CHURCHILL: Leadership In Living Colour

This entry is part 1 of 12 in the series Lead Like Churchill

‘Happy are the painters,’ he wrote, ‘for they never shall be lonely: light and colour; peace and hope will keep them company to the end— or almost to the end of the day.’[1]

Churchill painting in his studio at Chartwell

More than a hobby, painting to Winston Churchill was oxygen, and it literally saved his life. “I thought he would die of grief,”[2] Great-Grandmamma confided in her husband’s official biographer, Sir Martin Gilbert, when speaking about the disaster of the 1915 Gallipoli Campaign. ‘Many remedies are suggested for the avoidance of worry and mental overstrain,’ Churchill wrote in his essay Painting as a Pastime, but the ‘cultivation of a hobby and new forms of interest is,’ as he continued, ‘a policy of first importance,’ but, ‘not a business that can be undertaken in a day or swiftly improvised by a mere command of the will.’[3]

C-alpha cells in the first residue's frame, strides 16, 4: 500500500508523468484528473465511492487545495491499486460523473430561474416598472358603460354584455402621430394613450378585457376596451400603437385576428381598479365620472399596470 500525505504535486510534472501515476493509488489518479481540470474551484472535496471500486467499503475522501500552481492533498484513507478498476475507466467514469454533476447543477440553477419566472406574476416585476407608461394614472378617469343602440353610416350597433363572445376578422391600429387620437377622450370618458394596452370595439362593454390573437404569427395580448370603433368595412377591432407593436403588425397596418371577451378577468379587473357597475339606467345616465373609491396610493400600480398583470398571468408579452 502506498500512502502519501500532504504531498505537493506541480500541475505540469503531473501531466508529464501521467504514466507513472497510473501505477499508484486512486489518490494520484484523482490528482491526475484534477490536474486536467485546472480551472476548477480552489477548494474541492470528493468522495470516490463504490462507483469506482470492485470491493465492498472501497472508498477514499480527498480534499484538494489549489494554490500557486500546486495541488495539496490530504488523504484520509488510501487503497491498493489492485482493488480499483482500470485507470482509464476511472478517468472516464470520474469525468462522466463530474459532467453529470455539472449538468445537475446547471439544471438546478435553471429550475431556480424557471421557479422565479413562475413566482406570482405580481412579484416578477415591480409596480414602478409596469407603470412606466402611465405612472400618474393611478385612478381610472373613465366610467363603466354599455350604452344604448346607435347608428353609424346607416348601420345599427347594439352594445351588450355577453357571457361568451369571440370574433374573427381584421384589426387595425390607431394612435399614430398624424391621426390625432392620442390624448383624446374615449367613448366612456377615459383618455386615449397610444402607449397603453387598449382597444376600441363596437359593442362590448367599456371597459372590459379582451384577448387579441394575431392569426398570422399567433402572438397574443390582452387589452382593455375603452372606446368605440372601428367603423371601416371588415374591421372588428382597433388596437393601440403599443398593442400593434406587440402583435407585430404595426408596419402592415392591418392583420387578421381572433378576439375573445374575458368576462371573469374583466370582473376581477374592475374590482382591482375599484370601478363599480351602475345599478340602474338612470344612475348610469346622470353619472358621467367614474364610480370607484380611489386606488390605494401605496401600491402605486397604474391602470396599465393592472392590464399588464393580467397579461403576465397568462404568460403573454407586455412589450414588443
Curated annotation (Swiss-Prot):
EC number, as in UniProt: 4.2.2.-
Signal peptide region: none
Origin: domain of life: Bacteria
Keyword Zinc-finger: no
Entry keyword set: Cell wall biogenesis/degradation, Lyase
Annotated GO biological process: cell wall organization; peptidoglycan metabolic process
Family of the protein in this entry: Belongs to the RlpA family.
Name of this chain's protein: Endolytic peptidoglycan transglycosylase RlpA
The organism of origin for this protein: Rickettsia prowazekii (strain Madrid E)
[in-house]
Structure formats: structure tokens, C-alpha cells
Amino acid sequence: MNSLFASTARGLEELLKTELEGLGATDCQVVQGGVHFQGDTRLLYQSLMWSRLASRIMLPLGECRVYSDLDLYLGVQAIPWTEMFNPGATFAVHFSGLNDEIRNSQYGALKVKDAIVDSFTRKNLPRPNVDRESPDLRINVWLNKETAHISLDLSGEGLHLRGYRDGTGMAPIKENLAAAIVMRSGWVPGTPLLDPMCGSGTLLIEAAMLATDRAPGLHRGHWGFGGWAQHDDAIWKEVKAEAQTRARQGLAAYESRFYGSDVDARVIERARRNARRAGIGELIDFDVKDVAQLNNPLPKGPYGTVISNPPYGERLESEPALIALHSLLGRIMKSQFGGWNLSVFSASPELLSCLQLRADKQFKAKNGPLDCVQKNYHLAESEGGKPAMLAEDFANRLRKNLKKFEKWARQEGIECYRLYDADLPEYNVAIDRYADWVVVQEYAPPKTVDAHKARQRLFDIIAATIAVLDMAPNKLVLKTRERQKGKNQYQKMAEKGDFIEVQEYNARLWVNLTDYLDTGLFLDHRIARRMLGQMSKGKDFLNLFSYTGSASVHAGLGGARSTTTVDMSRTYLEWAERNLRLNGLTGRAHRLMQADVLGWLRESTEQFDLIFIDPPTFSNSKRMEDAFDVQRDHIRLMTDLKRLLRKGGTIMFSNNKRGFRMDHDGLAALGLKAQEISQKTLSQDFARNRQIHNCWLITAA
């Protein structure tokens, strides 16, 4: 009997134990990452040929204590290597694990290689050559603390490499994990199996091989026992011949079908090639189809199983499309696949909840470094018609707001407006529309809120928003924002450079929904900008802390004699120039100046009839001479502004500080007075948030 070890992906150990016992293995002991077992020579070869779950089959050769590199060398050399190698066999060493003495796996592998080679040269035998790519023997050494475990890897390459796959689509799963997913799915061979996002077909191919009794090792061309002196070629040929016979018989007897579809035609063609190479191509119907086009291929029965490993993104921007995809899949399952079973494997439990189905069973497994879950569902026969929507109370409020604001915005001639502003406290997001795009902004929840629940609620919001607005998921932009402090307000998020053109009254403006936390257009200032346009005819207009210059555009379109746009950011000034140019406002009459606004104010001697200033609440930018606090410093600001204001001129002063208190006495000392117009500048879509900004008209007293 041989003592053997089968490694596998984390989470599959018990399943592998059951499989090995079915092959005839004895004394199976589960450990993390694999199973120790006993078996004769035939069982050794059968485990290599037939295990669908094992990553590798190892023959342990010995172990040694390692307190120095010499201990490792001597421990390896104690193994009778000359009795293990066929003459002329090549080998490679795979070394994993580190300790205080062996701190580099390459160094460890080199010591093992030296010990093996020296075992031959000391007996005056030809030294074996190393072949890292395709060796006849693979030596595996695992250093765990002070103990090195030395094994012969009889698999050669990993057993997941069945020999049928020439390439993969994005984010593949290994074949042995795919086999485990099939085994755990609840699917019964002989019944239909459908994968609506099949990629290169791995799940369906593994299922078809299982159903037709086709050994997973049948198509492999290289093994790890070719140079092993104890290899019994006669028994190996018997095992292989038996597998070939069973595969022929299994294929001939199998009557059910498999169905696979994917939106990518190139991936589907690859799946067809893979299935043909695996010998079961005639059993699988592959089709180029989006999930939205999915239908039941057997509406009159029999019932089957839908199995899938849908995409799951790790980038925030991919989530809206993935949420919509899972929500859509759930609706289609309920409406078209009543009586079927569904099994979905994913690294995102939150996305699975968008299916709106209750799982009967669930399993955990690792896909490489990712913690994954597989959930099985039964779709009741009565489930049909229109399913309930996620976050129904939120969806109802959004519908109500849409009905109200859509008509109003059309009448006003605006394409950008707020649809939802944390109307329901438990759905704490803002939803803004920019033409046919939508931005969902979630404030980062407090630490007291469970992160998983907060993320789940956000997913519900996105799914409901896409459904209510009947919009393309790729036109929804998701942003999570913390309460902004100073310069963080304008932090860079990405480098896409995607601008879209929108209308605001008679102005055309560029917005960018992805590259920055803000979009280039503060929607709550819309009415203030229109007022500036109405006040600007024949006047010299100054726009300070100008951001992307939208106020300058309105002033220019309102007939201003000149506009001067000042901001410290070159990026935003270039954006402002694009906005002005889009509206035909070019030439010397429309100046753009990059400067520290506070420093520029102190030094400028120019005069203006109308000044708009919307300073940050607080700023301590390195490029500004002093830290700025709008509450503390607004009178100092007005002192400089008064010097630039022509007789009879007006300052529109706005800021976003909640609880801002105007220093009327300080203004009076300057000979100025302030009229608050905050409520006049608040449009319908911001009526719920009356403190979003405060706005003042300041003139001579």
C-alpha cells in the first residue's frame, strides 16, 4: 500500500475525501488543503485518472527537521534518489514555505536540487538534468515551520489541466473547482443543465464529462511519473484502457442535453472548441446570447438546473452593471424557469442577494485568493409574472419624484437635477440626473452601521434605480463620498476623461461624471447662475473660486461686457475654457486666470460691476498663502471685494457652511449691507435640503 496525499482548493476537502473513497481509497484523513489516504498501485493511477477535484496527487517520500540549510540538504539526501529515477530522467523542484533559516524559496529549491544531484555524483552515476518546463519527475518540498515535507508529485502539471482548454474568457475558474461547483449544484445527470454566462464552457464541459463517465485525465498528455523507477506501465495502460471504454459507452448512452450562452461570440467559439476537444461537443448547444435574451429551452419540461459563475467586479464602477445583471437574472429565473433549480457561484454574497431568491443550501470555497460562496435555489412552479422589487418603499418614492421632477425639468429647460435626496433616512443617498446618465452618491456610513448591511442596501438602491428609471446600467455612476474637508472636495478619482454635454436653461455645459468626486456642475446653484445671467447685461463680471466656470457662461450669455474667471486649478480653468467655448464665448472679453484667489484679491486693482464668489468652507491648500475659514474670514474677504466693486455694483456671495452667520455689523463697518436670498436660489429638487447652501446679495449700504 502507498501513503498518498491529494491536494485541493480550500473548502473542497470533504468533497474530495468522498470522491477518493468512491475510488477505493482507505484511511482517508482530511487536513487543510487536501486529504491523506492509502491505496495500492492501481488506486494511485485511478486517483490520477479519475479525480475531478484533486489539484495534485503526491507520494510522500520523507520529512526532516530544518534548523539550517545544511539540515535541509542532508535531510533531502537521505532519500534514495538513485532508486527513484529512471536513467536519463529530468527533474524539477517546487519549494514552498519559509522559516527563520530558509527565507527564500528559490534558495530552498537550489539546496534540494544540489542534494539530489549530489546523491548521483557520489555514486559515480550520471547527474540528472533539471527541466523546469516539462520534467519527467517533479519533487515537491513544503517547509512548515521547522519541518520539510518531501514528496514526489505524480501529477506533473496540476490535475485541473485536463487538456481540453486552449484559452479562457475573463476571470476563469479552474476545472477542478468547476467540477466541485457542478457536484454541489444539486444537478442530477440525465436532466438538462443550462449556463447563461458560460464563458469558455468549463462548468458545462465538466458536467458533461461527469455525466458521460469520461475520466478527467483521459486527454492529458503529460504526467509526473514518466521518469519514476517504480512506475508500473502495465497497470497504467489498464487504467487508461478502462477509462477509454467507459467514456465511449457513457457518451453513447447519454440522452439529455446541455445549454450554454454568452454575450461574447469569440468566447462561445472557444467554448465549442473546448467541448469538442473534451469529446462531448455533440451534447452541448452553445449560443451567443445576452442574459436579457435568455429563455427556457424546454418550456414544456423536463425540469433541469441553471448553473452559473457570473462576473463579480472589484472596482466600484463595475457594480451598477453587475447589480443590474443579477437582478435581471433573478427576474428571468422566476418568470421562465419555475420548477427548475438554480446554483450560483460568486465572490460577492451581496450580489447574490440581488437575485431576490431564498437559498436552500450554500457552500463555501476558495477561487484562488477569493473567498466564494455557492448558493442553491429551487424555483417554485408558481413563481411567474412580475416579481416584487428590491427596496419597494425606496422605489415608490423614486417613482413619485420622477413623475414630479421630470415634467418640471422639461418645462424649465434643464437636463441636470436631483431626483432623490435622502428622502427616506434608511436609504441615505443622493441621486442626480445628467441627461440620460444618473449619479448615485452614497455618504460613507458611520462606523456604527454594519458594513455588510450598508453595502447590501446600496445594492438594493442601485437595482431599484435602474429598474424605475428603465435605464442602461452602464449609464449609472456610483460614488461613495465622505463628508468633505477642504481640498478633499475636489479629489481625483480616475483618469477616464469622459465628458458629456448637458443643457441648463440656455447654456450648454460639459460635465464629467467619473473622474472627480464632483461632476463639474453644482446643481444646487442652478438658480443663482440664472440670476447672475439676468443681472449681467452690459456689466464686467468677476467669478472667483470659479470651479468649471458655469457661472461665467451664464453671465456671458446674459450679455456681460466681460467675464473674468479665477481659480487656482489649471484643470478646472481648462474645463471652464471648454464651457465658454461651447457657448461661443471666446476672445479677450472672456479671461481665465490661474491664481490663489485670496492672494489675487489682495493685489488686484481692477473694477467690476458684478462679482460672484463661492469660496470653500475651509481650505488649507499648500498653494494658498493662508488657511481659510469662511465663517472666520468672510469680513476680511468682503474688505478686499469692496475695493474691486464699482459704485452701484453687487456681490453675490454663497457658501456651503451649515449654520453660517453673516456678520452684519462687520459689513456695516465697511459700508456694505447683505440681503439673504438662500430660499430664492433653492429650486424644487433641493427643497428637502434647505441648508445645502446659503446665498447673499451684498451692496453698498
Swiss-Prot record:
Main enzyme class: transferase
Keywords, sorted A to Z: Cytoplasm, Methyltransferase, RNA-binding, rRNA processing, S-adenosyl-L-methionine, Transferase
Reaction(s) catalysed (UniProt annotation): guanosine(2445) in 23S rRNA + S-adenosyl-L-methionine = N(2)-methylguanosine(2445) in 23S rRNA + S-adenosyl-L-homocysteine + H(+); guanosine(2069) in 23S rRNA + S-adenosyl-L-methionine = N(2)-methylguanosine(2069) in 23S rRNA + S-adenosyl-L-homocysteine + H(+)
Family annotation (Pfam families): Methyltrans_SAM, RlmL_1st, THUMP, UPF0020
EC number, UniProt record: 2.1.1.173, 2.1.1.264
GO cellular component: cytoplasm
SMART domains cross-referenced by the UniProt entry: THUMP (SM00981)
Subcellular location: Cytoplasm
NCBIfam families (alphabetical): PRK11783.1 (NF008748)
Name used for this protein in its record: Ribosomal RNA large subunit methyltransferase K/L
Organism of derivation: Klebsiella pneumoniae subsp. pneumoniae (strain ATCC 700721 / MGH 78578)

‘Distant View of Eze’ Winston S. Churchill

Churchill began to cultivate his hobby while serving on the French Front during the First World War. Using broad and courageous strokes, as instructed by fellow artist Hazel Lavery, he began to attack the canvas with ‘fierce strokes and slashes of blue,’ [4] noting with delight how the canvas cowered before him.

‘The colours are lovely to look at and delicious to squeeze out.’[5] Little did Great-Grandpapa know that painting was not only a remedy for depression, but a skill for leadership; one that cultivated his mind to draw out the best in those around him. As leaders, we need to look for the positive in people, and encourage it, while helping to resolve the negative we find. The result of this attitude particularly on a workforce could be phenomenal, and as it did for Churchill, reduced staff-turnover.


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[1] CHURCHILL, Sir Winston S.: Painting as a Pastime, p.13

[2] SOAMES, Lady Mary: Clementine Churchill, p.141

[3] CHURCHILL, Sir Winston S.: Painting as a Pastime, p.8

[4] ibid, p.17

[5] ibid, p.19

IMAGE CREDIT

Churchill painting in his studio at Chartwell: http://www.wsj.com/articles/winston-churchill-paintings-to-make-public-debut-in-georgia-1406315524

‘Distant View of Eze’ by Winston S. Churchill: Part of a Private Collection owned by the Julian Sandys Family

Series NavigationCHURCHILL LEADERSHIP: He Understood… >>

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